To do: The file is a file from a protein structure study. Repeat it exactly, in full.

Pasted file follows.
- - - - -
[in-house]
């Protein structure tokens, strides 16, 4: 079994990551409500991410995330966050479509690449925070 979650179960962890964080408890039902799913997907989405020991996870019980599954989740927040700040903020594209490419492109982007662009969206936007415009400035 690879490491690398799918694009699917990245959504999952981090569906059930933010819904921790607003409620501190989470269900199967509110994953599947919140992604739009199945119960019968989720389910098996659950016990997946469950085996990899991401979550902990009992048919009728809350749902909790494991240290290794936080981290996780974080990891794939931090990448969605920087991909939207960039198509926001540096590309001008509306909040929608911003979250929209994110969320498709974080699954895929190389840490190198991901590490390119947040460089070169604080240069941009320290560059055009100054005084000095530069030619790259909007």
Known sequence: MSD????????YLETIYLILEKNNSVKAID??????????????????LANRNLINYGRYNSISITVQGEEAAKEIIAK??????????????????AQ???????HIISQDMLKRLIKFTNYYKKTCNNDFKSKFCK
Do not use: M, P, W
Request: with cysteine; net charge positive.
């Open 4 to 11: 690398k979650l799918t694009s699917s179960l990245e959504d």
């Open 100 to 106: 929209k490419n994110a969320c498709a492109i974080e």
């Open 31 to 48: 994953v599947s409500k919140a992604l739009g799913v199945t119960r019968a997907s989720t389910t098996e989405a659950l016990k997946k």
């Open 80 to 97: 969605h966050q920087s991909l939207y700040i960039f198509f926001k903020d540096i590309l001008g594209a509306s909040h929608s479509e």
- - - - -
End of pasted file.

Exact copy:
[in-house]
């Protein structure tokens, strides 16, 4: 079994990551409500991410995330966050479509690449925070 979650179960962890964080408890039902799913997907989405020991996870019980599954989740927040700040903020594209490419492109982007662009969206936007415009400035 690879490491690398799918694009699917990245959504999952981090569906059930933010819904921790607003409620501190989470269900199967509110994953599947919140992604739009199945119960019968989720389910098996659950016990997946469950085996990899991401979550902990009992048919009728809350749902909790494991240290290794936080981290996780974080990891794939931090990448969605920087991909939207960039198509926001540096590309001008509306909040929608911003979250929209994110969320498709974080699954895929190389840490190198991901590490390119947040460089070169604080240069941009320290560059055009100054005084000095530069030619790259909007």
Known sequence: MSD????????YLETIYLILEKNNSVKAID??????????????????LANRNLINYGRYNSISITVQGEEAAKEIIAK??????????????????AQ???????HIISQDMLKRLIKFTNYYKKTCNNDFKSKFCK
Do not use: M, P, W
Request: with cysteine; net charge positive.
């Open 4 to 11: 690398k979650l799918t694009s699917s179960l990245e959504d």
């Open 100 to 106: 929209k490419n994110a969320c498709a492109i974080e």
């Open 31 to 48: 994953v599947s409500k919140a992604l739009g799913v199945t119960r019968a997907s989720t389910t098996e989405a659950l016990k997946k």
């Open 80 to 97: 969605h966050q920087s991909l939207y700040i960039f198509f926001k903020d540096i590309l001008g594209a509306s909040h929608s479509e």